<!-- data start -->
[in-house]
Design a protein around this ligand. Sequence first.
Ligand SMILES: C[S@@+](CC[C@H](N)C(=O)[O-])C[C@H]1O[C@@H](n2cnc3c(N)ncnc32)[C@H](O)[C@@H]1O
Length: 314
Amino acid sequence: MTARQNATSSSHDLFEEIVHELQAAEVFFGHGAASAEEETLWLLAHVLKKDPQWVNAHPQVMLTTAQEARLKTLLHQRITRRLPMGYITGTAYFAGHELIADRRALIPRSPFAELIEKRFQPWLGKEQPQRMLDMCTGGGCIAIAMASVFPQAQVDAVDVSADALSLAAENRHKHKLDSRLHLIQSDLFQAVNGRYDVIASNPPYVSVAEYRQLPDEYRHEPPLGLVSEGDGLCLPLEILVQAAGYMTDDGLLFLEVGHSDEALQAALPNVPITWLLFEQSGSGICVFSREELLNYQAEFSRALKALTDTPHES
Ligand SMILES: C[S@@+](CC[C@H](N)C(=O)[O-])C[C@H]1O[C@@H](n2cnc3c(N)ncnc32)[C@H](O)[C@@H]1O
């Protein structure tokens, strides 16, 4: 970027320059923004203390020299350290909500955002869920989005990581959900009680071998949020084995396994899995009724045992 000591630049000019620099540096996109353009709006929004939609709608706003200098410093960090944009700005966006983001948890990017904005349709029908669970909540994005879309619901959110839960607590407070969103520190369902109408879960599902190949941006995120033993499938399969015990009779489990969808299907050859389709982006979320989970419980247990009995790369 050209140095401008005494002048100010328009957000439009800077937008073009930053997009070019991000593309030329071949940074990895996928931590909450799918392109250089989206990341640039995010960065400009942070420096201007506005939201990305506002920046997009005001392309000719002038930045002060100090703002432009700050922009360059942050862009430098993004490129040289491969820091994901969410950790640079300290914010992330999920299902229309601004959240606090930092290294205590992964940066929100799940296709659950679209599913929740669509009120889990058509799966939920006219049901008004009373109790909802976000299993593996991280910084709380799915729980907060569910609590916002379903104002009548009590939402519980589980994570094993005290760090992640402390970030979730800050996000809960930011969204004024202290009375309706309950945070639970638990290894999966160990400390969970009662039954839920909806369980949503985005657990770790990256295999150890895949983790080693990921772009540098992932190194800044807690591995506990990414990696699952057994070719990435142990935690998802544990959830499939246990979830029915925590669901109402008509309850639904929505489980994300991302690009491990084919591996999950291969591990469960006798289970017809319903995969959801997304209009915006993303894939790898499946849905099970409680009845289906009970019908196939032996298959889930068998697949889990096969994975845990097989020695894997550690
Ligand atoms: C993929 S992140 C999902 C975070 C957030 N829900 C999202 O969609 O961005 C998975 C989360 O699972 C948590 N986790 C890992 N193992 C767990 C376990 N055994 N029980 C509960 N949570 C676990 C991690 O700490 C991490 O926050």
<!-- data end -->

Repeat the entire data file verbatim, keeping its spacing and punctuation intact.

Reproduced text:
[in-house]
Design a protein around this ligand. Sequence first.
Ligand SMILES: C[S@@+](CC[C@H](N)C(=O)[O-])C[C@H]1O[C@@H](n2cnc3c(N)ncnc32)[C@H](O)[C@@H]1O
Length: 314
Amino acid sequence: MTARQNATSSSHDLFEEIVHELQAAEVFFGHGAASAEEETLWLLAHVLKKDPQWVNAHPQVMLTTAQEARLKTLLHQRITRRLPMGYITGTAYFAGHELIADRRALIPRSPFAELIEKRFQPWLGKEQPQRMLDMCTGGGCIAIAMASVFPQAQVDAVDVSADALSLAAENRHKHKLDSRLHLIQSDLFQAVNGRYDVIASNPPYVSVAEYRQLPDEYRHEPPLGLVSEGDGLCLPLEILVQAAGYMTDDGLLFLEVGHSDEALQAALPNVPITWLLFEQSGSGICVFSREELLNYQAEFSRALKALTDTPHES
Ligand SMILES: C[S@@+](CC[C@H](N)C(=O)[O-])C[C@H]1O[C@@H](n2cnc3c(N)ncnc32)[C@H](O)[C@@H]1O
């Protein structure tokens, strides 16, 4: 970027320059923004203390020299350290909500955002869920989005990581959900009680071998949020084995396994899995009724045992 000591630049000019620099540096996109353009709006929004939609709608706003200098410093960090944009700005966006983001948890990017904005349709029908669970909540994005879309619901959110839960607590407070969103520190369902109408879960599902190949941006995120033993499938399969015990009779489990969808299907050859389709982006979320989970419980247990009995790369 050209140095401008005494002048100010328009957000439009800077937008073009930053997009070019991000593309030329071949940074990895996928931590909450799918392109250089989206990341640039995010960065400009942070420096201007506005939201990305506002920046997009005001392309000719002038930045002060100090703002432009700050922009360059942050862009430098993004490129040289491969820091994901969410950790640079300290914010992330999920299902229309601004959240606090930092290294205590992964940066929100799940296709659950679209599913929740669509009120889990058509799966939920006219049901008004009373109790909802976000299993593996991280910084709380799915729980907060569910609590916002379903104002009548009590939402519980589980994570094993005290760090992640402390970030979730800050996000809960930011969204004024202290009375309706309950945070639970638990290894999966160990400390969970009662039954839920909806369980949503985005657990770790990256295999150890895949983790080693990921772009540098992932190194800044807690591995506990990414990696699952057994070719990435142990935690998802544990959830499939246990979830029915925590669901109402008509309850639904929505489980994300991302690009491990084919591996999950291969591990469960006798289970017809319903995969959801997304209009915006993303894939790898499946849905099970409680009845289906009970019908196939032996298959889930068998697949889990096969994975845990097989020695894997550690
Ligand atoms: C993929 S992140 C999902 C975070 C957030 N829900 C999202 O969609 O961005 C998975 C989360 O699972 C948590 N986790 C890992 N193992 C767990 C376990 N055994 N029980 C509960 N949570 C676990 C991690 O700490 C991490 O926050």